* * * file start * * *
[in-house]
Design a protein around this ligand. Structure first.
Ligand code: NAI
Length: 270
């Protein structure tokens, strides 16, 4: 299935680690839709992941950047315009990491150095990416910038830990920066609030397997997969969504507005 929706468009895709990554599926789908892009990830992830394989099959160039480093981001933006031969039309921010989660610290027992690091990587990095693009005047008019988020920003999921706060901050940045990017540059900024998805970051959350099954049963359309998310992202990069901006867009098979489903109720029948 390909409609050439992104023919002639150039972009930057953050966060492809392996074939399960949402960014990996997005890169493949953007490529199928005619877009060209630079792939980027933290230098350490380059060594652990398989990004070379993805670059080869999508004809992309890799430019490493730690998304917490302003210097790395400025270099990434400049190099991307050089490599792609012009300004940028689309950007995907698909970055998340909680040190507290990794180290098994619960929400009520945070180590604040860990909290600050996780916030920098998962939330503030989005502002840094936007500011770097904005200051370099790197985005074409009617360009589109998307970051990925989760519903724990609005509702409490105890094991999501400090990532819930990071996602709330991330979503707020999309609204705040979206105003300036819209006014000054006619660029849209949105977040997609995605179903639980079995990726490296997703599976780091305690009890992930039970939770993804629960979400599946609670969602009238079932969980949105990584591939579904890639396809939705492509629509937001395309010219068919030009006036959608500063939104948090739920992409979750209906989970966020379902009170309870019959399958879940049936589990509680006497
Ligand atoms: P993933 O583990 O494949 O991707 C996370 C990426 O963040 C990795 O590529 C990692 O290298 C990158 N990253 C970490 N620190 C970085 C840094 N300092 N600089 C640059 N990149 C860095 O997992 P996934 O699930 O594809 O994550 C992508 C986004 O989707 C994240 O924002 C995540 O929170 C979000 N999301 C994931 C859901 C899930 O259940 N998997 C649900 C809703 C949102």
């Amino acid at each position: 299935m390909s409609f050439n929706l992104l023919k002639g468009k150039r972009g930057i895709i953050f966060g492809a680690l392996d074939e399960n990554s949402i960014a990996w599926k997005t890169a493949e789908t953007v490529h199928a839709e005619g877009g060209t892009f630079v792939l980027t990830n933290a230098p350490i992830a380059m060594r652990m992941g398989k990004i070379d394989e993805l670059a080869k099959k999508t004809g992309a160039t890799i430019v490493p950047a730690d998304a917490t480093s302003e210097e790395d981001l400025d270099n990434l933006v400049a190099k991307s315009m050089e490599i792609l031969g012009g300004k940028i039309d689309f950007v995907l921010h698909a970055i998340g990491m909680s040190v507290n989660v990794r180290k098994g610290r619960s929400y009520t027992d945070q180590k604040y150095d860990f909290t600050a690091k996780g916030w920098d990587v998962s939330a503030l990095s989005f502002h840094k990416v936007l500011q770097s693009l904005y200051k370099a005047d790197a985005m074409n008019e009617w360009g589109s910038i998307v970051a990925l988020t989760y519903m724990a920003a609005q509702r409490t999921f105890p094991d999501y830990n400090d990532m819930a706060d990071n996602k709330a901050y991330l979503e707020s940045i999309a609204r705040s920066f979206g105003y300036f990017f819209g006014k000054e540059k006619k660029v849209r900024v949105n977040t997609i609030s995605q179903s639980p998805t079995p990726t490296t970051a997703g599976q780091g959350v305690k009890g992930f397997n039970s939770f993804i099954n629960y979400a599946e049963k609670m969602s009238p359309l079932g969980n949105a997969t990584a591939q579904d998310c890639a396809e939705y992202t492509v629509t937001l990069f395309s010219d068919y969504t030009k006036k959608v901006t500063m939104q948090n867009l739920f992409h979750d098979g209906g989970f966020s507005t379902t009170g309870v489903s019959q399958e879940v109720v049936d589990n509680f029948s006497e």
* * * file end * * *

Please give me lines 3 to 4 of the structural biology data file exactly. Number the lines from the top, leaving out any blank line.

Ligand code: NAI
Length: 270